Even though the rollbacks of these Obama-era regulations and to, as Sohn stated, “make the big bigger,” many already huge names in tech are actively protesting against the rollbacks that could benefit them drastically. On July 12th, a lengthy list of online brands that included names like Netflix, Twitter, and Airbnb participated in a “Day of Action” to protest FCC plans to dash net neutrality regulations.
Throughout the day, some participants interrupted their sites with pop-ups and loading wheels to simulate the effects that anti-net neutrality legislation might have. Other participants featured banners that motivated users to actively reach out and communicate a pro-net neutrality stance to the FCC. On the same day, Facebook founder and CEO Mark Zuckerberg updated his status with a note about supporting net neutrality.
These brands likely realize that they owe their now huge names to net neutrality. Remember, there was once a time when you had no idea what Netflix, Airbnb, or Vimeo was. Because of net neutrality, you were able to access them just as easily and as quickly as you were able to access massive corporate brands that might have been able to pay ISPs huge sums to speed up their site’s coverage. This is why, despite potentially being able to benefit from FCC’s plans to roll back net neutrality regulations, these now huge online companies took a “Day of Action” to speak out against these very rollbacks.
Can you participate in the debate?
Despite all of this high-profile activity to encourage users to express their disapproval of these rollbacks to the FCC, this effort might prove to be fruitless. As NPR reports, FCC Commissioner Mike O’Reilly likened constituent feedback to reality show call-ins when he stated in a May meeting, “Thankfully, our rulemaking proceeding is not decided like a Dancing With the Stars contest, since counts of comments submitted have only so much value.” He added that commenters, in order to be considered, would “need to provide evidence to support their arguments that the rules are or are not needed.”
Michael Chea, the general counsel of Vimeo, called O’Reilly’s approach to commenters’ feedback “insulting” and that this bar to consideration requires constituents to know jargonistic “magic words.” Essentially, O’Reilly’s approach blocks supposed laypeople who the laws will ultimately affect the most from contributing to formal deliberations.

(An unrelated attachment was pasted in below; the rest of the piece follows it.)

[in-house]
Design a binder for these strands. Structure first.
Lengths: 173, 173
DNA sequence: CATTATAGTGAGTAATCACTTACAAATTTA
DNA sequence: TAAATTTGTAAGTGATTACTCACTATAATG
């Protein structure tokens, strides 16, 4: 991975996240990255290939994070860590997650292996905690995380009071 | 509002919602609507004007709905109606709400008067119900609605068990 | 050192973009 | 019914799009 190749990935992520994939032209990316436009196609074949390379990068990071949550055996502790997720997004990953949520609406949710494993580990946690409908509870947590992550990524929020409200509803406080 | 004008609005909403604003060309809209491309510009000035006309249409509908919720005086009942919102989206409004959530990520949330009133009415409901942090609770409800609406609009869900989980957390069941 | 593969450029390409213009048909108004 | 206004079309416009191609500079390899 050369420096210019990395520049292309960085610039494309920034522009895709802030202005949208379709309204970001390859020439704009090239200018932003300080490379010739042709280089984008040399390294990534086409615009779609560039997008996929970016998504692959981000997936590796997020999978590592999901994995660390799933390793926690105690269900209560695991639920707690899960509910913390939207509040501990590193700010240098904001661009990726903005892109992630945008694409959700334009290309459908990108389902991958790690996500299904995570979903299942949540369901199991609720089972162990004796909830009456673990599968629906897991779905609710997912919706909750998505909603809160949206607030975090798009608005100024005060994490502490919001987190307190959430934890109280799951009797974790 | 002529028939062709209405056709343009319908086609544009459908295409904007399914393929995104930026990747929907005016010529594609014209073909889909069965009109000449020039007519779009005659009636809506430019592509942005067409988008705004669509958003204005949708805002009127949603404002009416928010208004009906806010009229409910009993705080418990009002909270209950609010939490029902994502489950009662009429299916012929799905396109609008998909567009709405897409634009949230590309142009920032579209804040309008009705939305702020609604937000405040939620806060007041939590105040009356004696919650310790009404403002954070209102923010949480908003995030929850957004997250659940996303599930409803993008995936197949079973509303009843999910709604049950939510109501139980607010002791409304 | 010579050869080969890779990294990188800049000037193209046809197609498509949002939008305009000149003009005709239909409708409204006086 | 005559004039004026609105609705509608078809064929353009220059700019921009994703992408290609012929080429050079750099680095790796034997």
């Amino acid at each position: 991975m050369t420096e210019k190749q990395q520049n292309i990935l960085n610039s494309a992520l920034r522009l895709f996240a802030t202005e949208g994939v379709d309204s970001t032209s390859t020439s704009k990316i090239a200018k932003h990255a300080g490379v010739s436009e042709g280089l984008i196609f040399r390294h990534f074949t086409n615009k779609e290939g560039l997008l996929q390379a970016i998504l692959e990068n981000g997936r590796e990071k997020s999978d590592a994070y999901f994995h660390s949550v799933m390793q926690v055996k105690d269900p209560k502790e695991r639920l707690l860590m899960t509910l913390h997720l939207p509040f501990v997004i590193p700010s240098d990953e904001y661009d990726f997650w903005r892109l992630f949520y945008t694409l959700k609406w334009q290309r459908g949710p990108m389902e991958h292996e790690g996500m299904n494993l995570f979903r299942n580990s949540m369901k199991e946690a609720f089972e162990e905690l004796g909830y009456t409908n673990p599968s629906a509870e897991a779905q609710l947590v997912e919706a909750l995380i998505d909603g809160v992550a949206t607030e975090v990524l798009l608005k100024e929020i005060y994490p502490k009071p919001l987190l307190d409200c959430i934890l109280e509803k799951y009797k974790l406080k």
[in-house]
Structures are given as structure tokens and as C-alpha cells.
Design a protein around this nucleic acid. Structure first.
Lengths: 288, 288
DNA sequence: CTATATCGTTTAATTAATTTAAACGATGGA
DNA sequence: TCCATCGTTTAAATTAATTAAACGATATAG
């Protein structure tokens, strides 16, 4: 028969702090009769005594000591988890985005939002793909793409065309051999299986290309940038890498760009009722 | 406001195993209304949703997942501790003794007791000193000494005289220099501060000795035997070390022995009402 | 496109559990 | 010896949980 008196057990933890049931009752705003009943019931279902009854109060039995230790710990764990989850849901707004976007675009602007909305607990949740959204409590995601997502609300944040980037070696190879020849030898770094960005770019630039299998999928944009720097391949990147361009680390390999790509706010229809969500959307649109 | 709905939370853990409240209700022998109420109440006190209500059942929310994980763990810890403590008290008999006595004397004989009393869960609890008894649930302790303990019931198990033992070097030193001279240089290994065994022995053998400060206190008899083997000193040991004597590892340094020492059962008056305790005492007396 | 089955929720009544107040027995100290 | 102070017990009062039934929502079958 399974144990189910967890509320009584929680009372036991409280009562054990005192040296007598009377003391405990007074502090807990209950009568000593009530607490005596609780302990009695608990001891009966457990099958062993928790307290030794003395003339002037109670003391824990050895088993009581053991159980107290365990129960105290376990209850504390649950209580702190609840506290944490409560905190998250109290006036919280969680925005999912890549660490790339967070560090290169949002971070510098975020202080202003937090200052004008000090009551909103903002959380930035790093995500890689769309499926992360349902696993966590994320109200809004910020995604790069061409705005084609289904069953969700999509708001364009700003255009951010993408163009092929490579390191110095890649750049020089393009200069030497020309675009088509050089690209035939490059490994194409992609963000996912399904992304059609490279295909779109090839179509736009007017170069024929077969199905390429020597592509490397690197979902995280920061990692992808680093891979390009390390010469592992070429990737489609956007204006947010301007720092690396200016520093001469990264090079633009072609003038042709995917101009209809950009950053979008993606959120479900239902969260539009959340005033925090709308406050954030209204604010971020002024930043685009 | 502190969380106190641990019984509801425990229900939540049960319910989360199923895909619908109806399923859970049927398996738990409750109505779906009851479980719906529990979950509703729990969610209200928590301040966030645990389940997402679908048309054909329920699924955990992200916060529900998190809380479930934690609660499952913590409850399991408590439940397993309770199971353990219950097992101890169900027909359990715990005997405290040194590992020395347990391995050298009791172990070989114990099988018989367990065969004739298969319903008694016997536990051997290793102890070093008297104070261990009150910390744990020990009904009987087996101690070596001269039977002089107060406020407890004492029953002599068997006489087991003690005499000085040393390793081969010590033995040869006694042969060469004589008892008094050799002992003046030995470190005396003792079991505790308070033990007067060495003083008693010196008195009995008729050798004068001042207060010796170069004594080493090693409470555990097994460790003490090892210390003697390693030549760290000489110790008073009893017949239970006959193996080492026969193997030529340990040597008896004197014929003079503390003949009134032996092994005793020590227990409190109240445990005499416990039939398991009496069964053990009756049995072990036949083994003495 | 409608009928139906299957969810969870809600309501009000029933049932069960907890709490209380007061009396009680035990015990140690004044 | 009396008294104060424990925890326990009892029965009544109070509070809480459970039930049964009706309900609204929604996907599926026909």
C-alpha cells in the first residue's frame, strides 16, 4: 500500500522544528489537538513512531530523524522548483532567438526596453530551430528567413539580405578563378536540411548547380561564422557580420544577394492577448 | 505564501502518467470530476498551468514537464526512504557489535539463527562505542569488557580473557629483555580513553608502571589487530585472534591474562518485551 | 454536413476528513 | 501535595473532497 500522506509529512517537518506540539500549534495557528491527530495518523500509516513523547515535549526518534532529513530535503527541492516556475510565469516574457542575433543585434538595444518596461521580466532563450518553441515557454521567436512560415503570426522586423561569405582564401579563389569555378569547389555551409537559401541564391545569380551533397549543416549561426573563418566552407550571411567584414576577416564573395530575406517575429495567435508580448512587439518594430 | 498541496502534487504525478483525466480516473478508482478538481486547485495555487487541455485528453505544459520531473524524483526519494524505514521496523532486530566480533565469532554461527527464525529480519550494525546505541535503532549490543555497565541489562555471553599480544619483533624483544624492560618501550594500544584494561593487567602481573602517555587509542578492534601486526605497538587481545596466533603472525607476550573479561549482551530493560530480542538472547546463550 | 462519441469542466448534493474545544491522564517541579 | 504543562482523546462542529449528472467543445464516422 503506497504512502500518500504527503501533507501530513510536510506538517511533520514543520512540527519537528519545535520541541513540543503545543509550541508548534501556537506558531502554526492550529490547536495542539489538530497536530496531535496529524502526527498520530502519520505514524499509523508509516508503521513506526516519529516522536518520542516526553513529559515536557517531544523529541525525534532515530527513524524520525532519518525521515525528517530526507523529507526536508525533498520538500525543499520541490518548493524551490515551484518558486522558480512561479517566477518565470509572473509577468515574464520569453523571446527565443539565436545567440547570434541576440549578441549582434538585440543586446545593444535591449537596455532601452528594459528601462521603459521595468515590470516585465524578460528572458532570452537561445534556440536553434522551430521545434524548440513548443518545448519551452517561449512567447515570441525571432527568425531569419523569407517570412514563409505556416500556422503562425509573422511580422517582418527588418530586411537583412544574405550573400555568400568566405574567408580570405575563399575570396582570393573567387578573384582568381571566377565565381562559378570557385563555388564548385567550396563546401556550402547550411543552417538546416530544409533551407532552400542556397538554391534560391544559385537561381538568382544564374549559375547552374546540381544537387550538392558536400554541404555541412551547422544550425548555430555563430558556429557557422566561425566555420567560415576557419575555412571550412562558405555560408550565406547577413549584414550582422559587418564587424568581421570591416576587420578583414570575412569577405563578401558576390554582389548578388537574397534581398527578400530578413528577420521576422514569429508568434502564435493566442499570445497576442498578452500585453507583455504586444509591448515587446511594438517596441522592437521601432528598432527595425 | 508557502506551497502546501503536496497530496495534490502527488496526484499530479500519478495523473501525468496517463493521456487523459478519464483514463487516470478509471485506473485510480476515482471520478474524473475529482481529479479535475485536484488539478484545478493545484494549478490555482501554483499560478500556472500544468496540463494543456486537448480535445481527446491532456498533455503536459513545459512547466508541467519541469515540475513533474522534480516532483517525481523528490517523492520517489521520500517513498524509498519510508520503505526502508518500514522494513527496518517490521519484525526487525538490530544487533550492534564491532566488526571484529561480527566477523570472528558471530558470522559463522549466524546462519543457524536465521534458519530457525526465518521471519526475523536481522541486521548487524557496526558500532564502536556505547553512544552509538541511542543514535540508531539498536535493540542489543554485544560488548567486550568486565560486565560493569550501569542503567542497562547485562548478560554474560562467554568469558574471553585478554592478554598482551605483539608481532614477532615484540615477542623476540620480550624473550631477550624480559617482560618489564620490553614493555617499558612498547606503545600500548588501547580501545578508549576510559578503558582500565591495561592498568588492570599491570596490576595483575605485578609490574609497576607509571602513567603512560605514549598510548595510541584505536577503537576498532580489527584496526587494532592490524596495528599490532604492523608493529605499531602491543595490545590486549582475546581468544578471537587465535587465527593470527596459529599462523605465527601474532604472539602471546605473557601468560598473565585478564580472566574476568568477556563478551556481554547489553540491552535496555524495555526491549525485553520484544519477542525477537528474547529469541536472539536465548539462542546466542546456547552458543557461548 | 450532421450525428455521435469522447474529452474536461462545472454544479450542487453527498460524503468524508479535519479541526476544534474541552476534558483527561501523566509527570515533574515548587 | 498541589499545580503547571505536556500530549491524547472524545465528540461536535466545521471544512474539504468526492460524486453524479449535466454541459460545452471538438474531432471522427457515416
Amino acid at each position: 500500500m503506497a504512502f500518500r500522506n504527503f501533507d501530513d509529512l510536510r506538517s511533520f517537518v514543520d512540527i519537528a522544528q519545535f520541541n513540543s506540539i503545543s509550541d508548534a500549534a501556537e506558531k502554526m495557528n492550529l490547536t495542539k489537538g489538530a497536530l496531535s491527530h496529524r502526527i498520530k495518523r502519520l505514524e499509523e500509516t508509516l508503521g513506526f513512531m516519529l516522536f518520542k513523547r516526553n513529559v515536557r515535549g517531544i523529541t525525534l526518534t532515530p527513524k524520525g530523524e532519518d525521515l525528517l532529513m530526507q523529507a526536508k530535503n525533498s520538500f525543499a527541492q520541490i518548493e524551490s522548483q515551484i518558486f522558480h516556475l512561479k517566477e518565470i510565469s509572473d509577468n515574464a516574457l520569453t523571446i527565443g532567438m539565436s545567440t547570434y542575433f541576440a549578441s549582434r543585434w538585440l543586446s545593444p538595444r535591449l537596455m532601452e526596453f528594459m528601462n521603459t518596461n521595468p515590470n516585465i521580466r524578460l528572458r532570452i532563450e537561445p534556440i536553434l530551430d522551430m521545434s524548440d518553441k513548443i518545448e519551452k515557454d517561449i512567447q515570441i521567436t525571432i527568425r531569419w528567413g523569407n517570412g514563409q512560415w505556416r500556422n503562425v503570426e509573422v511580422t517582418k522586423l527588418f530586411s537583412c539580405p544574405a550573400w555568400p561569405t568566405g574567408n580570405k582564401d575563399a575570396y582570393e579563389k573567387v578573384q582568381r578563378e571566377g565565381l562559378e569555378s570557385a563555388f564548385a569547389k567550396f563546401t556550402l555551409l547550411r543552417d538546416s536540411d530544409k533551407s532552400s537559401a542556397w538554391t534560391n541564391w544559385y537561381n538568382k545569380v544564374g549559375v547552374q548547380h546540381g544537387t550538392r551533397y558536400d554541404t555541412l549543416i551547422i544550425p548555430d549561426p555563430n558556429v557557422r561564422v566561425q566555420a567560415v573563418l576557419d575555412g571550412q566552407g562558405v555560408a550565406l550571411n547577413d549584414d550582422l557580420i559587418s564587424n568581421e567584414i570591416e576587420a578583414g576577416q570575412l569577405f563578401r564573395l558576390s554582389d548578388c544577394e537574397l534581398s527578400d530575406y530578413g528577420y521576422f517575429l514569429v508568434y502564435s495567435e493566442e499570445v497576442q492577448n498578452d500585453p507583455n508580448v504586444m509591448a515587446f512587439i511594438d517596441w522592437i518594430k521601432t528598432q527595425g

Recently, the FCC has invited big names in tech to contribute to the conversation through formal testimony. The chairman of the U.S. House Energy and Commerce Committee invited executives from a long list of tech influencers including Google, Facebook, and Netflix to a September 7th meeting to testify in the debate on net neutrality. There’s no word as of yet who will attend, but the overlap between the participants of the July “Day of Action” and the invite list doesn’t look promising for Pai and his anti-neutrality FCC members.
How does this affect small business?
So, as a small business owner who legislators might consider one of the many laypeople without the knowledge to contribute to legal deliberations on net neutrality, why should you care?
As stated in the beginning of this article, this debate is as pressing to your small business proportionate to how much it relies on the internet. But whether your business solely relies on the internet for day-to-day functions like data storage or communication, or your business gains a majority of its business from online marketing, rollbacks to net neutrality regulations are going to cost you in some form or fashion.
Though comments to the FCC closed July 17th, responses to comments remain open until August 16th. Check out the filing results on the FCC website to see what other constituents have to say, and enter into conversation with any commenters who might support rollbacks of net neutrality regulations.
Express your concern as a small business owner, and, though I hate to say it, feel free to use as many “magic words” as you can.